The sporting side of the film does dwell in the world of the predictable, setting up our hero as being the typical underdog who given half a chance could be as good as the best. Although this half of the plot does not sway too far from the standard route, it does so without being overly cliche or cheesy. Yes we get a few standard scenarios, such as just before the big climax are hero's confidence takes a bashing and of course we get a pretty predictable climax, although not as predictable as it could be thanks to a very enjoyable twist which epitomises why McAvoy never made it as a serious golfer. Where it does seem to excel is firstly in the dialogue which avoids being cliche at all costs, in fact it uses golfing metaphors through out the film instead of using cheesy lines, which amazingly does not alienate an audience who may be unfamiliar with them. The second area that the sporting side of the film excels is in the humour, not once do you get a sense that a scene or scenario was included just to gain laughs. In fact the humour is so subtly included that you never know when it will creep up on you and you find a huge smile appearing on your face.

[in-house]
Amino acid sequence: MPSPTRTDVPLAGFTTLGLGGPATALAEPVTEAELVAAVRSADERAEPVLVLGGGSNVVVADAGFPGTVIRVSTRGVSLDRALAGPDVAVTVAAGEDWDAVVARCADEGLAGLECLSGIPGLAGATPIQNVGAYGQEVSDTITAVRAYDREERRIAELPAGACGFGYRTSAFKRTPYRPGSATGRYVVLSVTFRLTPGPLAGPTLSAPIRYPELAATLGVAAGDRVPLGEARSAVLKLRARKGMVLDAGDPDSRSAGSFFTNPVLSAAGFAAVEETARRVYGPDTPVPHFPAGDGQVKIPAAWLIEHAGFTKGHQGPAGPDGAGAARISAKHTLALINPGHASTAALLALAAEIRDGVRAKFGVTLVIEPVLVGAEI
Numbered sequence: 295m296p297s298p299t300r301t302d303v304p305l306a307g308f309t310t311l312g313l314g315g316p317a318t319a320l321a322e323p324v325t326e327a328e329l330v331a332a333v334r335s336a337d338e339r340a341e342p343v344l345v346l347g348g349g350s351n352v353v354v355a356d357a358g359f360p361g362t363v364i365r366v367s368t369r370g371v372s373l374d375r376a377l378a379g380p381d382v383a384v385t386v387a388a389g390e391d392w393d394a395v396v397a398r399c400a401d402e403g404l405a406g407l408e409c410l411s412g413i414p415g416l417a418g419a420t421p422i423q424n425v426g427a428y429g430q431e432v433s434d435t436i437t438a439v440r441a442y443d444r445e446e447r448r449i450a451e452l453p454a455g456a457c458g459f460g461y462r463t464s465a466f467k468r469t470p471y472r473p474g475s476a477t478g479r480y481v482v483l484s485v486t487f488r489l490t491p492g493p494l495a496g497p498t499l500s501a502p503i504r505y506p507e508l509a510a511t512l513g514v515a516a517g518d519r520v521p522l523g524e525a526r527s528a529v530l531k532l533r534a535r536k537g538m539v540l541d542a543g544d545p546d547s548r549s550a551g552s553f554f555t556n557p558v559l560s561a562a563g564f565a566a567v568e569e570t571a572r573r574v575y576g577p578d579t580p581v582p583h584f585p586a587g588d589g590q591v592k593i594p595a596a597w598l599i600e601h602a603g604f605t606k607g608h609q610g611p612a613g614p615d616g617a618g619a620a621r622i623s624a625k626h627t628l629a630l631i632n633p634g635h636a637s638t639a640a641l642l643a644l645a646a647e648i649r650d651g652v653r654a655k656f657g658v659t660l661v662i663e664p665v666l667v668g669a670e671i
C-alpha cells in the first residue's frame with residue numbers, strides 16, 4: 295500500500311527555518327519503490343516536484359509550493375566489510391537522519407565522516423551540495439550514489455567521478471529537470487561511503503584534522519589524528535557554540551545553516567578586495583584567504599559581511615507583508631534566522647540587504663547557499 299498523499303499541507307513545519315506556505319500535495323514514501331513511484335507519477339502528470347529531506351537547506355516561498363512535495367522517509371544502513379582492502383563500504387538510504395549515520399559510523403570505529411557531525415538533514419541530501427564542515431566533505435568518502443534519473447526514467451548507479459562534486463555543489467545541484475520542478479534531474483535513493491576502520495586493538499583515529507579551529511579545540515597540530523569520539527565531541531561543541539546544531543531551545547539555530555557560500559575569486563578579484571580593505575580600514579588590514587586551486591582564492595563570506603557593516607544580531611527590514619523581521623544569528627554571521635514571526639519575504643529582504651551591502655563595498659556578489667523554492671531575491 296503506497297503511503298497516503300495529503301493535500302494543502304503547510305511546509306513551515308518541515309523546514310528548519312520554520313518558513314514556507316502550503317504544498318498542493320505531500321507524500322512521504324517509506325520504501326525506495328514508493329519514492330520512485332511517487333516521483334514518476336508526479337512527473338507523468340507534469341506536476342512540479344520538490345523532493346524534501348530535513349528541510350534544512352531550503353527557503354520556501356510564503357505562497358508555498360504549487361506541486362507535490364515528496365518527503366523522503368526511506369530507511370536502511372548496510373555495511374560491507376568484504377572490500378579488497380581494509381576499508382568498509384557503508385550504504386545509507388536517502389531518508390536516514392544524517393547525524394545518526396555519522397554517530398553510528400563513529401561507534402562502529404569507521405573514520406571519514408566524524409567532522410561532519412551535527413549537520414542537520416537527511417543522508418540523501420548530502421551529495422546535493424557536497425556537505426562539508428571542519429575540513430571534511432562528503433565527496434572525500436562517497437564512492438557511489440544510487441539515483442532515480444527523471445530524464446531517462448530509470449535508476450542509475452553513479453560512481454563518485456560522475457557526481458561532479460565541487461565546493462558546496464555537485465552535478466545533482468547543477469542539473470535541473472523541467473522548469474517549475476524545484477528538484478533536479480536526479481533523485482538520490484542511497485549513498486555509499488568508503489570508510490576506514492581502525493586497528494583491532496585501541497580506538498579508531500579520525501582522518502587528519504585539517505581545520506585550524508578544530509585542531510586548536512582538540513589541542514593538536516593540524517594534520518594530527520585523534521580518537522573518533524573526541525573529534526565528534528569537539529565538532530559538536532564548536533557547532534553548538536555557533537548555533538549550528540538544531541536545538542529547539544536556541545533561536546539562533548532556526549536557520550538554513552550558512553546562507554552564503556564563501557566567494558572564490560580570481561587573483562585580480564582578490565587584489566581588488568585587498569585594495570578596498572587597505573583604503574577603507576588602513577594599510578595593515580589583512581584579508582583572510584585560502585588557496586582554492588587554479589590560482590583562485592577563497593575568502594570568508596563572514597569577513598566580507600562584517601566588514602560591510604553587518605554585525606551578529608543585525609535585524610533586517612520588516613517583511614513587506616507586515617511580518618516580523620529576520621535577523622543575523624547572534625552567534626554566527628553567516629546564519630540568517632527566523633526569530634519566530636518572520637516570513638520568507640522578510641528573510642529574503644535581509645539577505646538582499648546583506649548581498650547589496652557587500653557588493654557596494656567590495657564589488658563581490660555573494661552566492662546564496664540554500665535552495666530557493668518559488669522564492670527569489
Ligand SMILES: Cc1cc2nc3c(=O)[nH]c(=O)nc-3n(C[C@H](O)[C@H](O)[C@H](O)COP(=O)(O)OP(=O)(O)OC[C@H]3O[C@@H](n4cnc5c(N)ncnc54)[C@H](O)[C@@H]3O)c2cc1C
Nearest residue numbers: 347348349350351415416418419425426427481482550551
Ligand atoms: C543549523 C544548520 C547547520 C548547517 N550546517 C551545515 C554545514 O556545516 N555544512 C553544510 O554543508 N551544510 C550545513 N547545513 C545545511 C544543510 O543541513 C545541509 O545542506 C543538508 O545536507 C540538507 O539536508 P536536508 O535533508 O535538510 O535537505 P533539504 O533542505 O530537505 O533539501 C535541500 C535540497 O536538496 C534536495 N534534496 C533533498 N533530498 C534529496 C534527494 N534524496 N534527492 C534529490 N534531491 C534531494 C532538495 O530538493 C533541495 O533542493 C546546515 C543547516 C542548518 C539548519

Just as enjoyable is the romantic storyline between McAvoy and Molly Griswold. In the same manner as the sporting element has been dealt with, the same can be said of the romantic plot. At times the romance is totally predictable but then it will surprise you by adding a subtle twist and most importantly it never relies on limp cheesy dialogue, often using the golfing metaphors to describe love and feelings. What is also prevalent through out this side of the film is again the humour, making the romance feel light and fresh rather than serious. My only negative when it comes to this romantic element of the film is the pairing of Costner and Russo. Whilst individually they are two very sexy stars, the on screen chemistry between them fails and lets the film down ever so slightly.